Miéville is not alluding so much to mainstream surrealism that has long since been assimilated as to the minor and lesser-known surrealists: the women, the marginals, and the excommunicated. Surrealism too had its fascistic tendencies when it organised itself into a School. Just as Breton’s surrealism was an appropriation and codification of the multifarious Dadaist and Surrealist experimentations, we see today an appropriation and codification of Weird Realism by philosophies that are neither weird nor realist, but rather conformist consensual idealisms.

Graham Harman’s attempted hi-jacking of the weird in his object-oriented philosophy (see his “WEIRD REALISM: Lovecraft and Philosophy”, 2012)  is properly called “weird sensualism”. Harman’s ontology is based on a radical disjunction between manifest, or “sensual”, realities and the unknown ineffable invisible Real. In terms of this version of OOO the Weird is not Real at all, but sensual.

Slavoj Zizek’s quantum meditations produce a weird realism in which manifestation is as such real (and one should note that the Surrealist entities in Miéville’s novel are called “manifs” or “manifestations”). This is his debt to Deleuze’s concept of simulacra, which Zizek has explained in great detail in the first chapter of his book LESS THAN NOTHING (also published in 2012). In the first chapter, Zizek outlines a concept of pure semblances or pure appearances, that would not be the appearing of any more fundamental but totally unknown reality. These appearances are to be distinguished from the simple negation of reality that is implicit in post-modern sophistry and purely aesthetic play.

For Zizek, pure appearances, simulacra, or semblances, are real in their own right, and contain immanently the criteria for distinguishing illusion from substance. This is the same sort of non-bifurcationist pluralist ontology that is to be found in Deleuze’s and in Miéville’s works. It merits the name “weird ontology”. The little that Deleuze says about the ontology underlying Lovecraft’s weird fiction is coherent with his own ontology, whereas Harman’s meanderings on “weird realism” are in contradiction with his own bifurcationist schema.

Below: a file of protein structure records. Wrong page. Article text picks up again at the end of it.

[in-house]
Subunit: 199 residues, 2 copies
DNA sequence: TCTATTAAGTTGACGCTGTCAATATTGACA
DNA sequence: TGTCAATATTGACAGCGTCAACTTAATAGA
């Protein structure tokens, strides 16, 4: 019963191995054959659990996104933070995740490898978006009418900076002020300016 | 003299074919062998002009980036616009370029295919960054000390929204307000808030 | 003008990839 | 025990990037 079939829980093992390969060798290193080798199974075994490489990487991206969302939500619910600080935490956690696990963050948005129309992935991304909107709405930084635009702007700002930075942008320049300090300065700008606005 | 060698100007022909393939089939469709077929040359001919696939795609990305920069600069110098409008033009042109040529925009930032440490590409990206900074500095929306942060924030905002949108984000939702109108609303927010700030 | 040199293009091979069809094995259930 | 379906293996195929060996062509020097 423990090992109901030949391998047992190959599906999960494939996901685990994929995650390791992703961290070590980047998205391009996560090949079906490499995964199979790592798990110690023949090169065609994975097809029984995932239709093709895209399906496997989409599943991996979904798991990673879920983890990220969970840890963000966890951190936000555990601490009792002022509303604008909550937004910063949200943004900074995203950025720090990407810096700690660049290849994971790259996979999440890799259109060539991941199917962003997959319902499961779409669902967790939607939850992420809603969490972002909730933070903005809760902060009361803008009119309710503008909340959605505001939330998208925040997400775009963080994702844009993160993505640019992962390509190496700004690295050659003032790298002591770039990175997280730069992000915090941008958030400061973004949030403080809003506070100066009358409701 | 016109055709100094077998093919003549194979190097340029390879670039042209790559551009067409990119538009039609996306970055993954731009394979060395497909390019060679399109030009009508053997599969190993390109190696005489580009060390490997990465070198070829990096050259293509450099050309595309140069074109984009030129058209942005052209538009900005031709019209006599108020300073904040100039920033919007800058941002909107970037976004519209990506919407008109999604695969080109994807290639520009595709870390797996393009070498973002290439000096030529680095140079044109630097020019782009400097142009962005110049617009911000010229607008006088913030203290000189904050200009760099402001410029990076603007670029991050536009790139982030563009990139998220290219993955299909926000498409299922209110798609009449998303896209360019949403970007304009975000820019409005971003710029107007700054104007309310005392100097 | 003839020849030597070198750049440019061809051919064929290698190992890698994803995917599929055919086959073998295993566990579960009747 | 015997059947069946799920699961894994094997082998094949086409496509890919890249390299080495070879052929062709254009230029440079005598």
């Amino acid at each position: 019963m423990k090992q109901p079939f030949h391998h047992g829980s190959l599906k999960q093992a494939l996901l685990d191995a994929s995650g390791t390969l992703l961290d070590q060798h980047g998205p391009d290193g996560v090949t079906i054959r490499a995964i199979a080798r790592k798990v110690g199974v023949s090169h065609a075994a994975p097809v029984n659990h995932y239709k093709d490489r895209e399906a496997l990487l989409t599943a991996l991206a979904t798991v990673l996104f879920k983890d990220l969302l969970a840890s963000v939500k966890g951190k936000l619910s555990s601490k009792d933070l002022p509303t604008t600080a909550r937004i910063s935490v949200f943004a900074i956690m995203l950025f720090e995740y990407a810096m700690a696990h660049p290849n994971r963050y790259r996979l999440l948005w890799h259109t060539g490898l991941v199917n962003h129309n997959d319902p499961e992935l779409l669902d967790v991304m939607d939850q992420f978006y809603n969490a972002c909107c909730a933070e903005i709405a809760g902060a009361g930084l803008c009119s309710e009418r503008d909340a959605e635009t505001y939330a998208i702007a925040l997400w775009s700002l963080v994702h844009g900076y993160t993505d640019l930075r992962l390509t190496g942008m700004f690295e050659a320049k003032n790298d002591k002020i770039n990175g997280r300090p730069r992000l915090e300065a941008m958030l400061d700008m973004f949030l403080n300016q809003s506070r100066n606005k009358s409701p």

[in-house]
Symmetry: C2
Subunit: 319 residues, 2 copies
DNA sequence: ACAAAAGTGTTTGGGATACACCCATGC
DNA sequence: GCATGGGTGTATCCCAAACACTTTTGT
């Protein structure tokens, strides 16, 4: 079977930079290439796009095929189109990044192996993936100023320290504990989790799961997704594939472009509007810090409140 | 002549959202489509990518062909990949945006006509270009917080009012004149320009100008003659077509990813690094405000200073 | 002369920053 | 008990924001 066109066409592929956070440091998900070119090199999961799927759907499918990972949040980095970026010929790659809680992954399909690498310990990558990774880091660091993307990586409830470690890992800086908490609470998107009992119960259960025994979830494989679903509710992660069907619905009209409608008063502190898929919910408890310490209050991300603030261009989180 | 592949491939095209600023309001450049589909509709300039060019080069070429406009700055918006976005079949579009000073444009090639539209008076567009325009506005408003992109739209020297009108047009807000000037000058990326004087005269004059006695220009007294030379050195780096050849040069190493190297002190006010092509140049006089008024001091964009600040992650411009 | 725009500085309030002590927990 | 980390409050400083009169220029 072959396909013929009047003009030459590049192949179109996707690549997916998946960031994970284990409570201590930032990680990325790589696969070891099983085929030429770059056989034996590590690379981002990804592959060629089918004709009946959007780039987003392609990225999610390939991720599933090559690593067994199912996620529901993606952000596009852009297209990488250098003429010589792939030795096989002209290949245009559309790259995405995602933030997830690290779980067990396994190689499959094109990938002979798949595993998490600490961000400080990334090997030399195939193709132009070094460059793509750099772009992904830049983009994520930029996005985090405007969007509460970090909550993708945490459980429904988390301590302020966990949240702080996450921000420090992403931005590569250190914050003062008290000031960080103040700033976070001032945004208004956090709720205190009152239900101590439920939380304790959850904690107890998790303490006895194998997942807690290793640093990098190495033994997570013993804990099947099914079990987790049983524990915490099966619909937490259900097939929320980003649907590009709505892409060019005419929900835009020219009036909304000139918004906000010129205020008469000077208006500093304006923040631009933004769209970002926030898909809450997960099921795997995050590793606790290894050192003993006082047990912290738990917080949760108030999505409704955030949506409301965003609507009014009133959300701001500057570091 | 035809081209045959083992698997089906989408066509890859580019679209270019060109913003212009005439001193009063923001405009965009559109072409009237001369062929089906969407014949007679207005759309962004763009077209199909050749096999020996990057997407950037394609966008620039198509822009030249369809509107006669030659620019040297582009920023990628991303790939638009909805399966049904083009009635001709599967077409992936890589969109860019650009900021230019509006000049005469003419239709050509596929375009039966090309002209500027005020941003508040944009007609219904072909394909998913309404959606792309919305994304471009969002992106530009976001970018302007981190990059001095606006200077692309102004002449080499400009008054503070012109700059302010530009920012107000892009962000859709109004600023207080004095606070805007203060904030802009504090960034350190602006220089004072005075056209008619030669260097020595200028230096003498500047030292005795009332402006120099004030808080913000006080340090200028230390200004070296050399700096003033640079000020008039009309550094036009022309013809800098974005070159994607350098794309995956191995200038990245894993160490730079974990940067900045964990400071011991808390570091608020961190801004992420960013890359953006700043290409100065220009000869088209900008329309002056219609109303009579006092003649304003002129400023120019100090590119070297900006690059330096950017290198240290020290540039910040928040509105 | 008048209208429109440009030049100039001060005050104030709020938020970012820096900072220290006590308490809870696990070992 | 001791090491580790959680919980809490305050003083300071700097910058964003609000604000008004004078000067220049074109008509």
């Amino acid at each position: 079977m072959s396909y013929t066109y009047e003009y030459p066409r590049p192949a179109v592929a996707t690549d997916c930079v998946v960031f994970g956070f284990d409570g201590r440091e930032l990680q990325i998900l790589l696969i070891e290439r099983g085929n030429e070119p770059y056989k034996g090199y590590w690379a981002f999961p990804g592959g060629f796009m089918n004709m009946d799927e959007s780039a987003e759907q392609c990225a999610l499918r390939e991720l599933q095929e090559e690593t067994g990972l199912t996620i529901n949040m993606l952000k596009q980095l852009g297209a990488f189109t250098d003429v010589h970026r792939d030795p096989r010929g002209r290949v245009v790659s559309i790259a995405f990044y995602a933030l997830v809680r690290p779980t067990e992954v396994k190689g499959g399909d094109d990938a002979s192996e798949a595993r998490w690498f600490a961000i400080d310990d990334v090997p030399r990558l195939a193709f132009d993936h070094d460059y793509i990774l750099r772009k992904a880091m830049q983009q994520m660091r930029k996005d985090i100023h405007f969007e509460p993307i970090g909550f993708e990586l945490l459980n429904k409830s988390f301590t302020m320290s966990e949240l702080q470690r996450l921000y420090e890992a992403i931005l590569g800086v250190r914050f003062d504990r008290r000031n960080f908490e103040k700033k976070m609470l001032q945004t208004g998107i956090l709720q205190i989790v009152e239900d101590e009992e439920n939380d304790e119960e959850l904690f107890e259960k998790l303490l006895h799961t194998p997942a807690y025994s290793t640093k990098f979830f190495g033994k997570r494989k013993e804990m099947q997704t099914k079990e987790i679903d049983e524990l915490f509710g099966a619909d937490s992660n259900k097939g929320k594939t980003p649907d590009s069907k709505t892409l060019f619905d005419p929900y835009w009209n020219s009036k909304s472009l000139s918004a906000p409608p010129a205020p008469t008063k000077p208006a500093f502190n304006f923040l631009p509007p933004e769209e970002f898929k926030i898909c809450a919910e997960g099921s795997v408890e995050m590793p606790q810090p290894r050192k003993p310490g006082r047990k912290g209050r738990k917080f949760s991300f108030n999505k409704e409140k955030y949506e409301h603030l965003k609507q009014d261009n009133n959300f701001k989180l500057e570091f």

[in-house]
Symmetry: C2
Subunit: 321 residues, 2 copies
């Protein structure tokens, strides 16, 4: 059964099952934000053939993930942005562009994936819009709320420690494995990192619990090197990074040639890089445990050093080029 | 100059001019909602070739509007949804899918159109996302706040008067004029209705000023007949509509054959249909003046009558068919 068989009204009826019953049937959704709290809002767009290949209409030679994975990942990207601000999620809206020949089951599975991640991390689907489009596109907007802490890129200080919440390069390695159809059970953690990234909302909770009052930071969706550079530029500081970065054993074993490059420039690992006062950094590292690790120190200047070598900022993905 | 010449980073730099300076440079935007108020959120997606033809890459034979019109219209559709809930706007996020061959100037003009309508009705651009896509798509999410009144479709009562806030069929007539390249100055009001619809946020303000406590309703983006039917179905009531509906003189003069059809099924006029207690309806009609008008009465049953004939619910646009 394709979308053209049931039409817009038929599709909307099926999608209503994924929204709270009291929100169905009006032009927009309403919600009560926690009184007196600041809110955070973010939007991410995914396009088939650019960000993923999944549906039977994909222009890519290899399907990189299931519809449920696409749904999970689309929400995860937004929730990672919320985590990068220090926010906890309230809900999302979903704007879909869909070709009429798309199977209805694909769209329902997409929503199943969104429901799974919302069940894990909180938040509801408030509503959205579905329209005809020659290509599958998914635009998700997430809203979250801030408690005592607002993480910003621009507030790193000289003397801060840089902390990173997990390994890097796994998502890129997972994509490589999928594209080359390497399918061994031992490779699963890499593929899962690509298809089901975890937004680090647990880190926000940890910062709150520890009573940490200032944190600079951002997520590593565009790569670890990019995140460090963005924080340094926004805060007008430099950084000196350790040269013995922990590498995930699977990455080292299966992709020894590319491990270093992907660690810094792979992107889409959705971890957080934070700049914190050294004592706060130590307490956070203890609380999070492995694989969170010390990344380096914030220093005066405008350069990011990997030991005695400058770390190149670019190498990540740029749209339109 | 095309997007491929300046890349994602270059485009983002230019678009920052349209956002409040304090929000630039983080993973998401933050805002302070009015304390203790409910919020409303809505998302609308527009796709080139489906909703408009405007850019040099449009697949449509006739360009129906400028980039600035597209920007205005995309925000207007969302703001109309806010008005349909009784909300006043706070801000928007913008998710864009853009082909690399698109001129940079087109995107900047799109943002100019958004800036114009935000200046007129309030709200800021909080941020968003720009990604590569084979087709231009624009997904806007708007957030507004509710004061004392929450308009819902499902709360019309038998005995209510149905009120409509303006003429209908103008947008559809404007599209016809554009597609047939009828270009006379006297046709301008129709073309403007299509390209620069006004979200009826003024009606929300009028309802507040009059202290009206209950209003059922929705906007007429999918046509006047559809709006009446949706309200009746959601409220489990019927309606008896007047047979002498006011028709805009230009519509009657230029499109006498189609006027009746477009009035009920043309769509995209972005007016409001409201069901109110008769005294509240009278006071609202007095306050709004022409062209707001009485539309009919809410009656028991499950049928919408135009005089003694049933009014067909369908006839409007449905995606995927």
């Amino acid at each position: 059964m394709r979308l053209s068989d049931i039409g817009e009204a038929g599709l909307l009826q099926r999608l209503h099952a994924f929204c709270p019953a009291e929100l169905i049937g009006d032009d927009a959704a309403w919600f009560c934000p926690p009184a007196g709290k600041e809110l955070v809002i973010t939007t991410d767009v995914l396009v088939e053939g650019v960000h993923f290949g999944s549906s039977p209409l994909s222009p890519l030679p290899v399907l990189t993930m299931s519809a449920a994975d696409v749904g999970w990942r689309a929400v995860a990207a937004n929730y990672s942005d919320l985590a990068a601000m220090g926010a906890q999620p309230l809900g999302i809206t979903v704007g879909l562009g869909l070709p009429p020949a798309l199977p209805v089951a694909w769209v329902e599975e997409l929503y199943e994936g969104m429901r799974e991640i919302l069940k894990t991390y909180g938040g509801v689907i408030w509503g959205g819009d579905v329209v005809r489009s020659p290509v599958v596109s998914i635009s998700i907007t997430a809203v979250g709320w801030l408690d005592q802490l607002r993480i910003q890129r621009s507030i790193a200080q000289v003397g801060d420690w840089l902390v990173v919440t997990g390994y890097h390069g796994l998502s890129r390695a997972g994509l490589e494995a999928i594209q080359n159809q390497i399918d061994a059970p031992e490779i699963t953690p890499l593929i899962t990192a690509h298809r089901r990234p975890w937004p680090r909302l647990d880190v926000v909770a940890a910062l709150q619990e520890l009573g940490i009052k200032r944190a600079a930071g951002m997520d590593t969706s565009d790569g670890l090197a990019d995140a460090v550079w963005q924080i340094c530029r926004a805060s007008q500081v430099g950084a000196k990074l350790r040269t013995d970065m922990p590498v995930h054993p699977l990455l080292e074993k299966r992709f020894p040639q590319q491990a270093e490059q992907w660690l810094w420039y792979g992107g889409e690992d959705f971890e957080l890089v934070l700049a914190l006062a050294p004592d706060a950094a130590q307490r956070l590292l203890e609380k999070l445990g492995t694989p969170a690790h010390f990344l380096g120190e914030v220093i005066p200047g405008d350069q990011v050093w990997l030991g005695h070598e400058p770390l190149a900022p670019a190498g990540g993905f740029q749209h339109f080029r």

This is the basis for the role that the American magician’s apprentice, Jack Parsons, plays in the novel. He is not content with a purely aesthetic, ultimately ineffectual, resistance in a separate domain cut off from the real word. He seeks to “weaponise” surrealist creation and avant-garde experimentation and to undo the separation by combining them with magic in the construction of his S-device.

Zizek’s post-Deleuzian ontology is far more consonant with Weird fiction than Harman’s OOO. Any ontologically informed list of “Weird Realists” should not include Harman at all, but only those that question the simplistic bifurcation between subject and object that is Harman’s starting point. My favorite Weird Realists are Zizek, Stiegler, Latour, Laruelle (in his “non-standard” and “philo-fiction” phase, Badiou (in his post LOGICS OF WORLDS phase), and also Lyotard, Deleuze, and Feyerabend.

Another criterion of the Weird, besides its suspension of the subject-object bifurcation, is that it typically belongs with an ontology of abundance. This second weird theme involves the suspension of the principle of identity in favour of alterity, multiplicity, difference, and becoming. Harman’s OOO is the exact opposite, it proposes an ontology of withdrawal and impoverishment (for more details, see my ONTOLOGY: Abundance vs Withdrawal).

One of the most disquieting aspects of Graham Harman’s OOO system is its annexation of movements that are diametrically opposed to its own ideas. Harman’s revisionist account and annexation of Bruno Latour’s work is a case in point: he has managed to associate his name with a philosophy totally opposed to his own. Another example is his annexation of Weird literature by means of his concept of “weird realism”. In terms of Harman’s OOO the weird is sensual, not real.

In contrast, Deleuze’s philosophy is “weird” from the very beginning, and becomes even more so in the collaboration with Guattari. Lovecraft plays a very important role in A THOUSAND PLATEAUS, but Harman makes no mention of Deleuze and Guattari in his own book on Lovecraft.

I do not care for the enshrining of a genre tag for a market niche in a substantial critical category, but if the term “New Weird” has any sense it is to be sought in the Time Image as analysed by Deleuze in his CINEMA II. Contrary to what many commentators seem to believe, the system outlined in the “cinema” books is not limited to the cinema, but is meant to provide a general classication and phenomenology of images and signs. The New Weird with its metamorphoses and impossibilities, its becomings and cosmicities, with its ontological hesitations and its undoing of the barrier between real and unreal, belongs to the regime of the time image. Harman’s OOO cannot deal with that aspect, as for him time is unreal period.